20th Ohio Volunteer Infantry


by Suzanne Link Allen


In May 1861, with Colonel Charles Whittlesay in charge, the 20th Ohio Volunteer Infantry was organized for a period of service for three months and on October 21, the service time was expanded to three years. 

My great grandfather, Leroy Perfect enrolled for duty on September 24, 1861 at Delaware, Ohio, then reported to Camp Chase on October 12, 1861.

The new recruits were mustered in at Camp Chase, a military base, near Columbus, Ohio that consisted of wooden huts in rows in an open field.  The huts had board platforms where the men could lie down and sleep.

The 20th unit left Camp Chase in 1861 and traveled by railroad to Camp Dennison, a base near Cincinnati, Ohio. The next trek was a march to Camp King, 2 miles south of Covington, Kentucky.  At that base, the recruits were taught how to be a soldier through constant drill.  The routines taught at Camp King were the ones the men used during the Civil War.

At Camp King, the men were given their weapons, Harper’s Ferry rifle-muskets, which they used throughout the war. Previously, the men were given a physical examination and their uniform, shoes, underclothes, stockings, knapsack, haversack, and a blanket. Lieutenant Colonel Manning Force was in charge of the new recruits.


Company D of the 20th OVI guarded the Tunnel Battery that protected the Louisville-Nashville Railroad and Fort Mitchell which was the main road between Cincinnati and Louisville.  The unit was stationed there in the fall of 1861 and during the 1861-1862 winter. Each tent at this camp was shared by fourteen or fifteen men including my great grandfather, Leroy Perfect and other Sunbury area men. Some of the group had moved to Newport, Kentucky.

On February 11, 1862, the 20th OVI boarded two steamboats, the “Emma Duncan” and the “Doctor Kane” and steamed down the Ohio River and on down the Cumberland River where they heard the first sounds of battle at Fort Donelson, Tennessee on February, 1862.  The soldiers left the boat and marched over ten miles on hilly roads through the Tennessee forests.  The unit participated in the battle at Fort Donelson from February 14-16, 1862.

It was on to Pittsburg Landing, Tennessee where the unit fought in the Battle of Shiloh on April 6th to 8th in Lew Wallace’s Division. Confederate army commander, General Albert Sidney Johnston, was killed in this battle.


At Shiloh or Pittsburg Landing, the Union surgeons established one of the first tent hospitals in the Civil War.  By concentrating medical services, patient care was much improved and the death rate was lowered.

At Pittsburg Landing, my great grandfather and many others contracted typhoid fever.  His cousin, Edwin Perfect, died of that disease in Shiloh Church, which served as a hospital.  Leroy Perfect contracted typhoid about the middle of April 1862, was put on a steamer and taken to a hospital in Cincinnati, Ohio.  He was discharged from the Army on August 15, 1862.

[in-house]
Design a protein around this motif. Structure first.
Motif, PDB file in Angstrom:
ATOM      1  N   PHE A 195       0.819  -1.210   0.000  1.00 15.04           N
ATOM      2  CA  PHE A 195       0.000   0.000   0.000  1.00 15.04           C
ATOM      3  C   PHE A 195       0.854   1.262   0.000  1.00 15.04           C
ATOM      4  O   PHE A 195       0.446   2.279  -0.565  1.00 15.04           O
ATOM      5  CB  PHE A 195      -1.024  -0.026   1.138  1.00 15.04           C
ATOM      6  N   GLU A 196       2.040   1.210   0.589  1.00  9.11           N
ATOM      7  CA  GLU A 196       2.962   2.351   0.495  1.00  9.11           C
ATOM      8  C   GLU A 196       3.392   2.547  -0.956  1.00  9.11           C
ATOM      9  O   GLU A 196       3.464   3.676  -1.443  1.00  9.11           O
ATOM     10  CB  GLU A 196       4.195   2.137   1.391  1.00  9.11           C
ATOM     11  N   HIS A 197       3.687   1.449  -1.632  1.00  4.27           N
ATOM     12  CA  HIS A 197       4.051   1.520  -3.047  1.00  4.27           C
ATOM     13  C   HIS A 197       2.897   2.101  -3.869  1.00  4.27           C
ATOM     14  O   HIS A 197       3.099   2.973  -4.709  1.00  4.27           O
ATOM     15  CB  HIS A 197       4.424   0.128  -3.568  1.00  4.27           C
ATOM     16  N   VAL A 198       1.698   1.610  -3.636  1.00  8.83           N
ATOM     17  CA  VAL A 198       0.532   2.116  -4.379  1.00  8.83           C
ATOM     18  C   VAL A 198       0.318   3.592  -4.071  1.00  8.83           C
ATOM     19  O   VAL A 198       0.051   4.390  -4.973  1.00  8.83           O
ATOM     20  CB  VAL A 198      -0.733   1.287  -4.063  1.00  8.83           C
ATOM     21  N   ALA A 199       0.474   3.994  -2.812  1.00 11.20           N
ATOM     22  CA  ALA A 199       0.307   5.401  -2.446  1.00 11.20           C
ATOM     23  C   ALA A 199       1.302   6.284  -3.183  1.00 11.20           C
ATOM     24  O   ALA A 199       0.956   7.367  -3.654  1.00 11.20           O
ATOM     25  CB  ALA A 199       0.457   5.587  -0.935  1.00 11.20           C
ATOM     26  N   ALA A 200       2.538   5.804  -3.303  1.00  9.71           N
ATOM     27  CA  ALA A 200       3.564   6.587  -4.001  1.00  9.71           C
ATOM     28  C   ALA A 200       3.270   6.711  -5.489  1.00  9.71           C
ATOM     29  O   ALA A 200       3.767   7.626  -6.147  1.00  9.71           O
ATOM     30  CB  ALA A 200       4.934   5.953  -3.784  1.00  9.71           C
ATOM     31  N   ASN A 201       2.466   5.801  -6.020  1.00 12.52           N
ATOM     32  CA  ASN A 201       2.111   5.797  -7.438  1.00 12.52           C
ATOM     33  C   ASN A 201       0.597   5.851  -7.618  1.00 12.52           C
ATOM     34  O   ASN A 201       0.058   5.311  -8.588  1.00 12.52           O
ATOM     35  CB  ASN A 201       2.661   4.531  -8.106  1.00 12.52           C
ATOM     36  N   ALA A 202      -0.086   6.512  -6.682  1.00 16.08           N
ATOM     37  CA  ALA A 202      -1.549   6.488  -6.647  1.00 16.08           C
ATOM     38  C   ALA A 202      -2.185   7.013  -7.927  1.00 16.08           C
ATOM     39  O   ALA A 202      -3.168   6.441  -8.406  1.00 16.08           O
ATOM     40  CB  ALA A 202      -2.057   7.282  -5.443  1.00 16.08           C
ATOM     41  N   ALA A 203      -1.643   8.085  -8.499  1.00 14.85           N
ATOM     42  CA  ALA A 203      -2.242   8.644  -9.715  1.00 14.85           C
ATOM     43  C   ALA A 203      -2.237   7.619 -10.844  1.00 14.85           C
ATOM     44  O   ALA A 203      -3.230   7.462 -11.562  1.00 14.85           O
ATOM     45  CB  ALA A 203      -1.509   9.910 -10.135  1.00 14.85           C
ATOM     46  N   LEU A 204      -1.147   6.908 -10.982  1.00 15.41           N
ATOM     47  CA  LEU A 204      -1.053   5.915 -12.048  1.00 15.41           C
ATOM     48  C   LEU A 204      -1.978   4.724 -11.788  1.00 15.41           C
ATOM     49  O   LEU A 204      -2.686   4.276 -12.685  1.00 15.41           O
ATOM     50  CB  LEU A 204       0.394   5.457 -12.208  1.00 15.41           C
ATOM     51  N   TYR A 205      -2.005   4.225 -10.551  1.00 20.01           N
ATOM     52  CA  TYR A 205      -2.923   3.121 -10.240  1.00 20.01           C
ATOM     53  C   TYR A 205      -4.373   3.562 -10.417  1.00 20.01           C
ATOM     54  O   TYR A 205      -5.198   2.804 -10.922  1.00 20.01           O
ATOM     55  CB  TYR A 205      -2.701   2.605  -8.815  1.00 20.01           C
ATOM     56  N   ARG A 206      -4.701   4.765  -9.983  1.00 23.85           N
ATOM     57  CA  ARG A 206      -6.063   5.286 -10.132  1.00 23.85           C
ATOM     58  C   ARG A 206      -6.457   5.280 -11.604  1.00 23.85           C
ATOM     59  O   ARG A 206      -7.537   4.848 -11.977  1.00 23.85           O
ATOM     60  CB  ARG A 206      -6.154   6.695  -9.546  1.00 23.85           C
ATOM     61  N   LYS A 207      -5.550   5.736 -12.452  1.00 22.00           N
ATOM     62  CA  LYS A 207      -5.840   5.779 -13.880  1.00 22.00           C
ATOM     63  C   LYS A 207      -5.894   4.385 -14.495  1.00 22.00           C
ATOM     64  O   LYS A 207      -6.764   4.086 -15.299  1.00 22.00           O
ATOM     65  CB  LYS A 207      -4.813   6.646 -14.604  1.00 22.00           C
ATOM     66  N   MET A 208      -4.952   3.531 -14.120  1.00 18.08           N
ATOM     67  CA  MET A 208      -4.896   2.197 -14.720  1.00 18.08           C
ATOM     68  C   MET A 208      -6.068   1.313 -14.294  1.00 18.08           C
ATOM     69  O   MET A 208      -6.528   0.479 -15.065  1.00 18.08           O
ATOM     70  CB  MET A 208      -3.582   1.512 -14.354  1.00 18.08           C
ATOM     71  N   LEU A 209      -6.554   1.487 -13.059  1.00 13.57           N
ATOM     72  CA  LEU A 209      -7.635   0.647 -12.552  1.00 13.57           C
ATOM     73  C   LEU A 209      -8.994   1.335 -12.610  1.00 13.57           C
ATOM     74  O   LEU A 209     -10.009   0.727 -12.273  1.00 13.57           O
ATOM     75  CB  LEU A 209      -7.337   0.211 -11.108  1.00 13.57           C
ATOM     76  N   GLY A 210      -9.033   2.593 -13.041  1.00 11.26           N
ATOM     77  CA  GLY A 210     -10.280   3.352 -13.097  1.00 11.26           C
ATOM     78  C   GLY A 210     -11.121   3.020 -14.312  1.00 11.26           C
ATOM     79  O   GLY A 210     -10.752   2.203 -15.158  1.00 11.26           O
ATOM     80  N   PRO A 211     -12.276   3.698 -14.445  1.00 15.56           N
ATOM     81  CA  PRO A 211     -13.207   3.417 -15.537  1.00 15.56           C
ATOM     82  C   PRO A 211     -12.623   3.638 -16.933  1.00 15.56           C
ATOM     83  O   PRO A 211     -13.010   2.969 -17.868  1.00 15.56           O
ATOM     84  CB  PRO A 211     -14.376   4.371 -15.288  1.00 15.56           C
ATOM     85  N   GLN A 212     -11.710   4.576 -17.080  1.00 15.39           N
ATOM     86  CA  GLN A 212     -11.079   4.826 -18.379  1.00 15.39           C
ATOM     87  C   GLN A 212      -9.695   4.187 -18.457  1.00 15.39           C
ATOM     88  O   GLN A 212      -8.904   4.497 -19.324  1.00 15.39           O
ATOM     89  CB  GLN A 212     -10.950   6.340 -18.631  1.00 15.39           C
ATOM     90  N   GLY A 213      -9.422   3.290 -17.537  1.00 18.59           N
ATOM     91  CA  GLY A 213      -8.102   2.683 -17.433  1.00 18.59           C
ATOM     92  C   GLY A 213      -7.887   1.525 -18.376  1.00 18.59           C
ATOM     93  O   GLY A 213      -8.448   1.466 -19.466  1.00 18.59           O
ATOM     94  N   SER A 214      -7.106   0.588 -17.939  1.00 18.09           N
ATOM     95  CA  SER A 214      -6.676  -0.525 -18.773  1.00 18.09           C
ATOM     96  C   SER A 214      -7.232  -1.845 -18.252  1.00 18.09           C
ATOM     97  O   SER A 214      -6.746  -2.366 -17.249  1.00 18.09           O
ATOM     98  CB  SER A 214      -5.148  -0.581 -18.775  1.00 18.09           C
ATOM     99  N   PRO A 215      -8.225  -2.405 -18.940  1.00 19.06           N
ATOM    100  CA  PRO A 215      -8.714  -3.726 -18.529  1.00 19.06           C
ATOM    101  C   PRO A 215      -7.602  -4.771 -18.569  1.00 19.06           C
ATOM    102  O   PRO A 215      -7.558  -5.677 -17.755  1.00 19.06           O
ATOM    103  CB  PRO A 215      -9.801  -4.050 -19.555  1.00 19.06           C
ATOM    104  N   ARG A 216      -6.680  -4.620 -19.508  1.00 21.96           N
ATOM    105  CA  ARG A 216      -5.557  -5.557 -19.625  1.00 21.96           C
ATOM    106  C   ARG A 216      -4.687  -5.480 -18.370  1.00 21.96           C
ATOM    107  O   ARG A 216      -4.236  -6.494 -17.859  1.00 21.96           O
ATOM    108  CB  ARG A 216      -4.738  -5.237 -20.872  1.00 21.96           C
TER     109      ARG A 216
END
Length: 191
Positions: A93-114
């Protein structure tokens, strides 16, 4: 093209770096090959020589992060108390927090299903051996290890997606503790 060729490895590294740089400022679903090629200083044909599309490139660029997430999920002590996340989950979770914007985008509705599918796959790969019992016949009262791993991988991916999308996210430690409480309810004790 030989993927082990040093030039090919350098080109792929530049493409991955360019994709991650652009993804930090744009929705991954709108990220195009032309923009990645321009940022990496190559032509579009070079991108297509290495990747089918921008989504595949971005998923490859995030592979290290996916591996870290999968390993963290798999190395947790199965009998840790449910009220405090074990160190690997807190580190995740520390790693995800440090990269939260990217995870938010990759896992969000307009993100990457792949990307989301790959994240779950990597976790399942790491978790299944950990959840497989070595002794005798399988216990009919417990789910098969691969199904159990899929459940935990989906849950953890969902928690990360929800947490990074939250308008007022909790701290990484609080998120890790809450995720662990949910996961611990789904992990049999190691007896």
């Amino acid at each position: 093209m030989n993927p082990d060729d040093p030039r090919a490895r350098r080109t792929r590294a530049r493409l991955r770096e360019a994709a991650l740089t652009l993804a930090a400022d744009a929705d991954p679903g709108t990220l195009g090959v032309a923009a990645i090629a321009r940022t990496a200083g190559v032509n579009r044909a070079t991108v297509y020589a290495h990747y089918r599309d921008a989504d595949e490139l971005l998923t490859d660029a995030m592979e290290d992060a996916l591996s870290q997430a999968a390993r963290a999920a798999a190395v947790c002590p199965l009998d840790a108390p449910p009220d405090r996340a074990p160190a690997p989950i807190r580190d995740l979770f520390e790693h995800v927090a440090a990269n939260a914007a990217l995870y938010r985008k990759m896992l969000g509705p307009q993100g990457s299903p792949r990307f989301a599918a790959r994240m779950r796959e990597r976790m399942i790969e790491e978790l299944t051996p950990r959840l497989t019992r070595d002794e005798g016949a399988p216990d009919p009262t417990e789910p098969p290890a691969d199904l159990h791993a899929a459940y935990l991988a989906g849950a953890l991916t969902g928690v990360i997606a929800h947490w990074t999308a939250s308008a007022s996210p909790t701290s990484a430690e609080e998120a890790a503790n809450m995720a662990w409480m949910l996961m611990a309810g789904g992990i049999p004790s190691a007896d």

The remaining members of the 20th OVI went on to Bolivar, Tennessee where it checked the advance of a large Confederate force.  In December 1862 the unit advanced into Mississippi, returned to Memphis on February 1863 and joined General Grant at Vicksburg, Mississippi.  Around  Vicksburg, the 20th OVI fought at Raymond, Jackson, and Champions Hills.

The regiment reenlisted as veterans in January 1864 and joined the Meridean expedition.  In June 1864, the unit joined General William Tecumseh Sherman in his Atlanta campaign.  The unit fought its way out of a battle where it was surrounded by a superior Confederate force on July 22, 1864. The soldiers were involved in operations against General Hood in North Georgia and Alabama from September 29 to November 3, 1864.

The 20th OVI marched with General Sherman to the sea on November 15- December 10 and through the Carolina in January to April 1864. 

In Washington, D. C., the unit passed in review and eventually the soldiers were mustered out at Louisville, Kentucky on July 18, 1865.

The 20th Regiment of the Ohio Volunteer Infantry was famous as a fighting regiment and had gallant material in its officers and men.

My other relatives that served in Company D of the 20th OVI were: Arza Thrall, wardmaster at East and LaGrange Hospitals; Arza’s son, Stephen Thrall, who was wounded, captured, and released at Fort Donelson; Charles Gilbert Thurston who was taken prisoner and served in Andersonville Prison; Norton Thurston Longwell; and Manford Douglas Selby. 

Other Eastern Delaware County men who served in the 20th were:  William Martin Smith, Henry C. Bigelow, Thomas Carpenter, W. Emmet Cook, John Howard Dustin, Thomas Palmer, Henry Sherman, Henry M. C. Wilson, and James J. Herron who was killed in the Battle of Johnsville. 


Private Edgar S. Boudinot- died in service and buried in Nashville, TN

Private Joseph Carpenter- killed in Battle of Raymond

2nd Lt. Byron Selby of Co. A., 20th, killed at Battle of Raymond


Resources for this article:


Delaware County Burials of Civil War Soldiers,   

Delaware County Cemetery List

History of Harlem Township prepared for the Ohio Bicentennial 2003
 by Vicki Dell Tieche
Ohio in the War, Her Statesmen Generals and Soldiers, Volume 2
           by Whitelaw Reid

“Wikipedia”, www.enwikipedia.org

The Story of Joshua Breyfogle by George Carter

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